A recent “Coaches’ Corner” feature of Teaching Children Mathematics encourages the use of bulletin boards as teaching tools. Robyn Silbey shares a cool example for grades K-5 by using a single prompt (What is equal to 10?) divided into columns for all classes to respond. This tool seems appropriate for expanding algebraic instruction and thinking to all elementary grades, so here’s my proposed bulletin board. Teachers could rotate through small group displays so that all kids get “on the wall” in one year.
Ah, thank you, online-calculator.com for providing a full screen calculator without an app. This is a useful tool for students working with eye gaze technology. I wish I could adjust the colors and also view the complete operation above the keypad, but I’ll take what I can get.
This week is Science Fair Summer Camp and I’ll be drawing upon Alka-Seltzer’s fun science website for kids, parents and teachers. For the low cost of this remedy for heartburn and headaches, along with a pair of safety goggles, I’m looking forward to exploring how Alka-Seltzer works in someone’s tummy and can be used to launch rockets! Check out their site for easy science experiments!
Want a video that depicts common classroom bullying? What about strategies to reduce bullying? Check out Discovery Education, a for-profit organization that provides access to more than 170,000 digital resources on bullying and about every other topic you can imagine. When I first started using online videos for social skills instruction, my school subscribed to United Streaming. United Streaming and Discovery Education are now combined, with an impressive array of resources categorized by topic and curriculum standards. This online resource can be purchased by school districts and also includes: teacher training; an emphasis on STEM curricula and careers; options for teacher-created materials (such as quizzes and writing prompts); and teacher-directed, individualized support for students who are unable to attend school.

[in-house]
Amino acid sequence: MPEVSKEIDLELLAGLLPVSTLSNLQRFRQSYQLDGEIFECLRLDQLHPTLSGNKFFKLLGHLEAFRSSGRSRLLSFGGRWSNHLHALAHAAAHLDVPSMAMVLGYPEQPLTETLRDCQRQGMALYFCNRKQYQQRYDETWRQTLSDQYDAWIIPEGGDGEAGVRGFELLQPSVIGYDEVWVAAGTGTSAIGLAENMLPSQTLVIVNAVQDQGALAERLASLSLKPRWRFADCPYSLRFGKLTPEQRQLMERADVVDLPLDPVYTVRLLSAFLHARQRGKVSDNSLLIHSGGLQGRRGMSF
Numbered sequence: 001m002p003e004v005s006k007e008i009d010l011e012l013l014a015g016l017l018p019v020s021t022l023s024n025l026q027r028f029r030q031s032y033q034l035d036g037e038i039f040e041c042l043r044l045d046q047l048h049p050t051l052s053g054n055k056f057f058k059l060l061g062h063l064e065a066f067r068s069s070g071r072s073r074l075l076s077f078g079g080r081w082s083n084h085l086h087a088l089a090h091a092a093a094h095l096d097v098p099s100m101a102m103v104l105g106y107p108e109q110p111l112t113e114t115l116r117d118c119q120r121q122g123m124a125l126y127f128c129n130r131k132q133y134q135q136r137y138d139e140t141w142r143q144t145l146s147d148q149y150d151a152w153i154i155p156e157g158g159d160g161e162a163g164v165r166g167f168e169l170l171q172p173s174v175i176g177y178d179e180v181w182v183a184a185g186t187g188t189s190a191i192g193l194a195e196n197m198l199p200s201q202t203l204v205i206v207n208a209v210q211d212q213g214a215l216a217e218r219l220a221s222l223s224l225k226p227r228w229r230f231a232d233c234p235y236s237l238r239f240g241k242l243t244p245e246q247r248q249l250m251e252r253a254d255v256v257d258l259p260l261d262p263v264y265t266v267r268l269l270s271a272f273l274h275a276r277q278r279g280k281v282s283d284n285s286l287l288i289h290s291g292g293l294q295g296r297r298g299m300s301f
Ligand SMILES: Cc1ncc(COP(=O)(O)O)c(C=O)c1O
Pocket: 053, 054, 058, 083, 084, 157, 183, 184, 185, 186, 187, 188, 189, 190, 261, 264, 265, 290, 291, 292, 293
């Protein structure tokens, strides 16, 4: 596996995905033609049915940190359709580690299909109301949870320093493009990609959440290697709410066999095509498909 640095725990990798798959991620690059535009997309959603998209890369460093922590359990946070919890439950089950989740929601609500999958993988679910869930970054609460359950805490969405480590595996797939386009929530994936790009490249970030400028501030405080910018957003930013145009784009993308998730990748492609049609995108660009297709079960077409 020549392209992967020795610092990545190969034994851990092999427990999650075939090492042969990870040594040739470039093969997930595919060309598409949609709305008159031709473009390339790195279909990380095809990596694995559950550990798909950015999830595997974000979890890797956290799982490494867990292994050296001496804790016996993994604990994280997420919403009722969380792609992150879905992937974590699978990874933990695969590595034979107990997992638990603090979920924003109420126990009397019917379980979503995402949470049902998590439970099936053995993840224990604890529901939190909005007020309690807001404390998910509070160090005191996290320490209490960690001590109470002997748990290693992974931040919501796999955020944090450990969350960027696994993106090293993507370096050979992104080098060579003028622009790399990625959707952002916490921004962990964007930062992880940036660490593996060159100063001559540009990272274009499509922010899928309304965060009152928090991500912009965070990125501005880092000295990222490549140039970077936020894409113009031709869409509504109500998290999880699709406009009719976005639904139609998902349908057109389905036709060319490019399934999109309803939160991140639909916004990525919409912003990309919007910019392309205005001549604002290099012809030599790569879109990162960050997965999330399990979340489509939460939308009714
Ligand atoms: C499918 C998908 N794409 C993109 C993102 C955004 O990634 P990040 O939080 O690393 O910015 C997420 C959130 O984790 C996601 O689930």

One of my primary uses of this website has been for social skills instruction. Although I have typically used my own students for developing videos, these online resources normalize a variety of social experiences for kids, as well as allowing me to work with students individually while others are productively engaged. A quick search for ‘bullying’ produces 188 resources, many of which can be downloaded and edited for and by students. Some of these materials were produced about 10 years ago, but depict scenarios which are still relevant today.
Discovery Education also provides free teacher, parent, and student resources, most of which are average or so-so in quality. Parent resources include articles on motivation, summer activities, free clip art, and homework help. The best student resource is a math homework helper, but it would require good reading skills and like the parent resources, the page is cluttered with advertisements. (Perhaps not if you use Firefox with Adblock Plus….) On the other hand, here’s an example of their free animated clip art, one of hundreds available, and my first animated clip art on this blog!